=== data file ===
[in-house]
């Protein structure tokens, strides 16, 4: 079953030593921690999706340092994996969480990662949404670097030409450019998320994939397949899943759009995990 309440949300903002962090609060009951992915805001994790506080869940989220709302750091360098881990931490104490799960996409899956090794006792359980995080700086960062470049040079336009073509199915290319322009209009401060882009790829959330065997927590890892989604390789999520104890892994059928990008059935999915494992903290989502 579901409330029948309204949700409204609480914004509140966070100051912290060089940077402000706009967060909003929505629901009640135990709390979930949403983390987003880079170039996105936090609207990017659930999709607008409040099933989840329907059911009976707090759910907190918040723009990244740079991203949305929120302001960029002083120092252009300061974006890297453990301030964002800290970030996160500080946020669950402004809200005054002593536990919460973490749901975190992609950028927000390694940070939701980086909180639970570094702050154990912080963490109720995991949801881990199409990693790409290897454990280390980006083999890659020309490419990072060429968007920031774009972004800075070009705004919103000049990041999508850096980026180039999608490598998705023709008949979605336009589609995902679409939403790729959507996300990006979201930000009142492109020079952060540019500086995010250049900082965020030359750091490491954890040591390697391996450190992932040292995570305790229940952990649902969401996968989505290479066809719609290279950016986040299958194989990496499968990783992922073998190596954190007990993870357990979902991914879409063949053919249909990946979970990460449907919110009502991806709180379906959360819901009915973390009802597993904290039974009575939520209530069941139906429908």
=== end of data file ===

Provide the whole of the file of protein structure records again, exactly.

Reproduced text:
[in-house]
């Protein structure tokens, strides 16, 4: 079953030593921690999706340092994996969480990662949404670097030409450019998320994939397949899943759009995990 309440949300903002962090609060009951992915805001994790506080869940989220709302750091360098881990931490104490799960996409899956090794006792359980995080700086960062470049040079336009073509199915290319322009209009401060882009790829959330065997927590890892989604390789999520104890892994059928990008059935999915494992903290989502 579901409330029948309204949700409204609480914004509140966070100051912290060089940077402000706009967060909003929505629901009640135990709390979930949403983390987003880079170039996105936090609207990017659930999709607008409040099933989840329907059911009976707090759910907190918040723009990244740079991203949305929120302001960029002083120092252009300061974006890297453990301030964002800290970030996160500080946020669950402004809200005054002593536990919460973490749901975190992609950028927000390694940070939701980086909180639970570094702050154990912080963490109720995991949801881990199409990693790409290897454990280390980006083999890659020309490419990072060429968007920031774009972004800075070009705004919103000049990041999508850096980026180039999608490598998705023709008949979605336009589609995902679409939403790729959507996300990006979201930000009142492109020079952060540019500086995010250049900082965020030359750091490491954890040591390697391996450190992932040292995570305790229940952990649902969401996968989505290479066809719609290279950016986040299958194989990496499968990783992922073998190596954190007990993870357990979902991914879409063949053919249909990946979970990460449907919110009502991806709180379906959360819901009915973390009802597993904290039974009575939520209530069941139906429908």